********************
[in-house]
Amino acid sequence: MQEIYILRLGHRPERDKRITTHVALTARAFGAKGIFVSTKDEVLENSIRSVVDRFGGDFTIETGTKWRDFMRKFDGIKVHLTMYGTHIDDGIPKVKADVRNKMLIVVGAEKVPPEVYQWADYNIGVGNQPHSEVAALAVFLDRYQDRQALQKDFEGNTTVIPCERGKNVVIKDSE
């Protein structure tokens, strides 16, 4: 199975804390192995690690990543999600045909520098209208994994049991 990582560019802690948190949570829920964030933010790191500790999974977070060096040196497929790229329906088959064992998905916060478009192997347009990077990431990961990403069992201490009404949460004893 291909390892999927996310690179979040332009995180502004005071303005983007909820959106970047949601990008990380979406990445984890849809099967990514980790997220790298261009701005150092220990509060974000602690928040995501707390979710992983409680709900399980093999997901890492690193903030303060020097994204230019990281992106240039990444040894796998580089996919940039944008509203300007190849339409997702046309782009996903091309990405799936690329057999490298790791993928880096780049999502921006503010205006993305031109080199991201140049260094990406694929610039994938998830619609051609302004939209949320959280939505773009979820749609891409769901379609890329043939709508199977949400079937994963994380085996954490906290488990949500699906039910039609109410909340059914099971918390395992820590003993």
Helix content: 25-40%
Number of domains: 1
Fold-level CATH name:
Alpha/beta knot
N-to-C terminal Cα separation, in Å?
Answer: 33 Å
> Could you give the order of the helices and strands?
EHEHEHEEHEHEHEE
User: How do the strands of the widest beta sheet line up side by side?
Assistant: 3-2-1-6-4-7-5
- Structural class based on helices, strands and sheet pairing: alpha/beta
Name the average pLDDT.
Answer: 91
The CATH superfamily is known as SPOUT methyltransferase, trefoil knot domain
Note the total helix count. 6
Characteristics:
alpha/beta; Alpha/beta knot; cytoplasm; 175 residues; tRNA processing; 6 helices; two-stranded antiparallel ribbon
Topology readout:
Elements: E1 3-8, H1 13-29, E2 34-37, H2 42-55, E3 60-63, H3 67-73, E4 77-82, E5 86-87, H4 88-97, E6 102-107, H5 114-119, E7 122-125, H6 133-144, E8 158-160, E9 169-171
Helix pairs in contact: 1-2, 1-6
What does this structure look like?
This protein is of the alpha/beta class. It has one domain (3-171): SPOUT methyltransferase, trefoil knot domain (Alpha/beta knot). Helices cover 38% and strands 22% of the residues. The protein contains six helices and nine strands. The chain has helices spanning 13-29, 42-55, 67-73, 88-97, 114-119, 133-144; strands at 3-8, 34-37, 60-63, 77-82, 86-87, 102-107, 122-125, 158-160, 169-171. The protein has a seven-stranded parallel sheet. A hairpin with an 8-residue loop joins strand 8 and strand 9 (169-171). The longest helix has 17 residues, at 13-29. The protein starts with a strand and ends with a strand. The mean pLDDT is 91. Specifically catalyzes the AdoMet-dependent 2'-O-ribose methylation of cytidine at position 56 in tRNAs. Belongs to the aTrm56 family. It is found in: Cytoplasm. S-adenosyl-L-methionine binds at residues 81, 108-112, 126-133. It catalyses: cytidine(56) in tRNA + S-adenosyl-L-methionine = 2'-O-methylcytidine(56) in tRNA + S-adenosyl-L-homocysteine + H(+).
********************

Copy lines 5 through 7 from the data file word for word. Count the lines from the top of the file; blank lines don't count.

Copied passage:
Number of domains: 1
Fold-level CATH name:
Alpha/beta knot